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Hoffmann, R. A wiki for the life sciences where authorship matters. Nature Genetics (2008)

Down-regulation of thiamine transporter THTR2 gene expression in breast cancer and its association with resistance to apoptosis.

The recent molecular identification of two thiamine transporters, SLC19A2 (THTR1) and SLC19A3 (THTR2), has provided the opportunity to study thiamine transporter gene expression in human malignancies. We compared RNA levels of both THTR1 and THTR2 in a panel of human breast tumors and corresponding normal tissues. THTR2 RNA levels were down-regulated in breast cancer to 14% of the level found in corresponding normal tissues, while THTR1 levels were unchanged. Both thiamine transport genes were cloned and expressed in a breast cancer cell line to examine the impact of reconstituted thiamine transport gene expression on drug and radiation sensitivity and on resistance to apoptosis. THTR2-transfected breast cancer cells showed a 2.5-fold increase in specific THTR2 activity and a 3-fold increase in cytotoxicity against a bromoacetyl ester derivative of thiamine. Surprisingly, these cells also showed a 3-fold increase in sensitivity to doxorubicin and an increase in sensitivity to ionizing radiation, but no change in sensitivity to methotrexate or paclitaxel. TUNEL assays demonstrate an increase in apoptosis in THTR2-transfected cells exposed to doxorubicin and radiation, and Western blot analysis suggests that apoptosis associated with these cytotoxic stresses is mediated at least in part by a caspase-3-dependent pathway. Therefore, thiamine transporter THTR2 gene expression is down-regulated in breast cancer, which may contribute to resistance to apoptosis in these tumors.[1]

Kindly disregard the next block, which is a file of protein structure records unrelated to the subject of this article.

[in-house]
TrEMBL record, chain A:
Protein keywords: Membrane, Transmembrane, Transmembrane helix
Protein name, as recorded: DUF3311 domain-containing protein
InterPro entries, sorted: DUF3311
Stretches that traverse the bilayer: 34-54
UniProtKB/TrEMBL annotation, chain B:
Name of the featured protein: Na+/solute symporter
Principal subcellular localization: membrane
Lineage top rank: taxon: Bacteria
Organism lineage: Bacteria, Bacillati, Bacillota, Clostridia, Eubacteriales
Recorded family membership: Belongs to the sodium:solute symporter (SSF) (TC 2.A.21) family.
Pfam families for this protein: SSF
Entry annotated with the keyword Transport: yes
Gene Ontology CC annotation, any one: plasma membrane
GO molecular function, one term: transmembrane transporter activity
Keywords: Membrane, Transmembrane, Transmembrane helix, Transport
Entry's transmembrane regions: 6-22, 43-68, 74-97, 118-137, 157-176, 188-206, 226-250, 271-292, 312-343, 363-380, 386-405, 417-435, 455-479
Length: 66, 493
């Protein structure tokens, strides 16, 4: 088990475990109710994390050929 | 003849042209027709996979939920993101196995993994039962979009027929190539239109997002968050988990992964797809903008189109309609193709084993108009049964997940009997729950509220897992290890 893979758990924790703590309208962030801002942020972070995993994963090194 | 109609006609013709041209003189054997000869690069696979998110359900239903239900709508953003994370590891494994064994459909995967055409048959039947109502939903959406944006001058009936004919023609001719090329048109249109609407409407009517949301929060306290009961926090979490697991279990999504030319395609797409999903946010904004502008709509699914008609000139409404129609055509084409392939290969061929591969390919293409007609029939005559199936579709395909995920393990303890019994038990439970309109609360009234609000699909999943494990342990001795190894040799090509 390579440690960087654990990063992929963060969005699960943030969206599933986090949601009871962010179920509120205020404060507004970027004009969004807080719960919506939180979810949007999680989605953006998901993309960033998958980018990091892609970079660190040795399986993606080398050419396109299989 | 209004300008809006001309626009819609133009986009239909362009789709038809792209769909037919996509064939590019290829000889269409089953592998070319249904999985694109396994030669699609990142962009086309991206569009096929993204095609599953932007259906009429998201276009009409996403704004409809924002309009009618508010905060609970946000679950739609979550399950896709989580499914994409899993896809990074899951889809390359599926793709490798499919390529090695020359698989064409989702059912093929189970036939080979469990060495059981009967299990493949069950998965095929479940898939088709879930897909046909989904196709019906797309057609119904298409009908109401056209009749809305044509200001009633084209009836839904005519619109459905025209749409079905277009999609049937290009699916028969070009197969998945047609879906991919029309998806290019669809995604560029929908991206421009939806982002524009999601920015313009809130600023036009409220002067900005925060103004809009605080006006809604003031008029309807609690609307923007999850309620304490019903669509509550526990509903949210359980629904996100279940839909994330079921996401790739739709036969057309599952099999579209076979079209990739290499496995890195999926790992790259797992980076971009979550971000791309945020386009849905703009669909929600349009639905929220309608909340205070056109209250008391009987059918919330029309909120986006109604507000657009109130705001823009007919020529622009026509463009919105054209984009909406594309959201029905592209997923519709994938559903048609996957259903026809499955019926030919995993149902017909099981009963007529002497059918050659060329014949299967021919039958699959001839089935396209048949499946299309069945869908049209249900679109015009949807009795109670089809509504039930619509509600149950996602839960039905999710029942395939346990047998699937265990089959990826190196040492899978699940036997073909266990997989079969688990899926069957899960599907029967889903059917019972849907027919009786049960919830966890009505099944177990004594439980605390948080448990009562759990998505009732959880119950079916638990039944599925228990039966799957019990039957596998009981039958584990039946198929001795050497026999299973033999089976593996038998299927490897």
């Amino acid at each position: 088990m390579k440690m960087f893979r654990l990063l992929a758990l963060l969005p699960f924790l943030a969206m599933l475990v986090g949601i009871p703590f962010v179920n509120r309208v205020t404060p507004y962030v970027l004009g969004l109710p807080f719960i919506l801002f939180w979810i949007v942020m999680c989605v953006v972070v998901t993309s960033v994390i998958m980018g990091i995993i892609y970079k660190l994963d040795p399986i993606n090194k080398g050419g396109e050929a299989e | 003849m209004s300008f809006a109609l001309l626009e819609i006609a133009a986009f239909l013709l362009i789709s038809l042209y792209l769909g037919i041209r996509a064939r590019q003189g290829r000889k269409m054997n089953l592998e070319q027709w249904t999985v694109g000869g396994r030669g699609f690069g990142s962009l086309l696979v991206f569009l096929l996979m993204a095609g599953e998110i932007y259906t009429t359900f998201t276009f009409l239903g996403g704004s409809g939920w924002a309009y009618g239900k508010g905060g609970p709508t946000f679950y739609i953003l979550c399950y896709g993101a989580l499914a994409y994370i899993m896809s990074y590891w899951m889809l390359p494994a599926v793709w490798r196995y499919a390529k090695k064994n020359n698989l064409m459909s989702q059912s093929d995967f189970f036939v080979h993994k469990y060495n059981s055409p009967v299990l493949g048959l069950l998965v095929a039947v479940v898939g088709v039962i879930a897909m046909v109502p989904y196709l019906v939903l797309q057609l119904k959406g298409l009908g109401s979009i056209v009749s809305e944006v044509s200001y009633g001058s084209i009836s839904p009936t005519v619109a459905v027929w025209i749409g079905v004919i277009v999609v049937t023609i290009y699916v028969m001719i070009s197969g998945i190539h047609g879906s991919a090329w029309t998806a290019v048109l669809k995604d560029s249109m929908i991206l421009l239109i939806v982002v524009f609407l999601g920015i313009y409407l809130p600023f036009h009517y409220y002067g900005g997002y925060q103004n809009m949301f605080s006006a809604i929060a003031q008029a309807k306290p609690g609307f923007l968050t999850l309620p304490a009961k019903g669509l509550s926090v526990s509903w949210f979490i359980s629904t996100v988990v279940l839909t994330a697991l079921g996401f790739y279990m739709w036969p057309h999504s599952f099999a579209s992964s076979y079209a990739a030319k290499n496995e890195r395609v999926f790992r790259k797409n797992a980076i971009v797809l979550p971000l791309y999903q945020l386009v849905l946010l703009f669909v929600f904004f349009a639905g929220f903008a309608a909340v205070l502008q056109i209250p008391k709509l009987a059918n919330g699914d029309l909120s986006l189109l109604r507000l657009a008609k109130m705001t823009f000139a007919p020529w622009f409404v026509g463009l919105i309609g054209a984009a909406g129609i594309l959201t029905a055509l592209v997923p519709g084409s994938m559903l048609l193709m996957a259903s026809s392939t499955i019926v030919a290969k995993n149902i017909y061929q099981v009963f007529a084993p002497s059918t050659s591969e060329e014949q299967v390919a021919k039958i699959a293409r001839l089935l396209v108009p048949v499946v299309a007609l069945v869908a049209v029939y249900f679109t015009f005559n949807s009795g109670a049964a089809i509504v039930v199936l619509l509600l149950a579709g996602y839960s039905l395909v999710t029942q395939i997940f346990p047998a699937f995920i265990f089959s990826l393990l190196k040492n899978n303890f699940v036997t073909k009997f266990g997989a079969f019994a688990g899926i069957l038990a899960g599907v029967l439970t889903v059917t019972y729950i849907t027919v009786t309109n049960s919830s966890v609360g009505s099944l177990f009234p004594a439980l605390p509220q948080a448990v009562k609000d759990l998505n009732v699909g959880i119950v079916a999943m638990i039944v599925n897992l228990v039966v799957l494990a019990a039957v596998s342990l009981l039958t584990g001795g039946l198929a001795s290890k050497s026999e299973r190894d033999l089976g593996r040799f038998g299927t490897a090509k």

1. Down-regulation of thiamine transporter THTR2 gene expression in breast cancer and its association with resistance to apoptosis. Liu, S., Huang, H., Lu, X., Golinski, M., Comesse, S., Watt, D., Grossman, R.B., Moscow, J.A. Mol. Cancer Res. (2003) [Pubmed]
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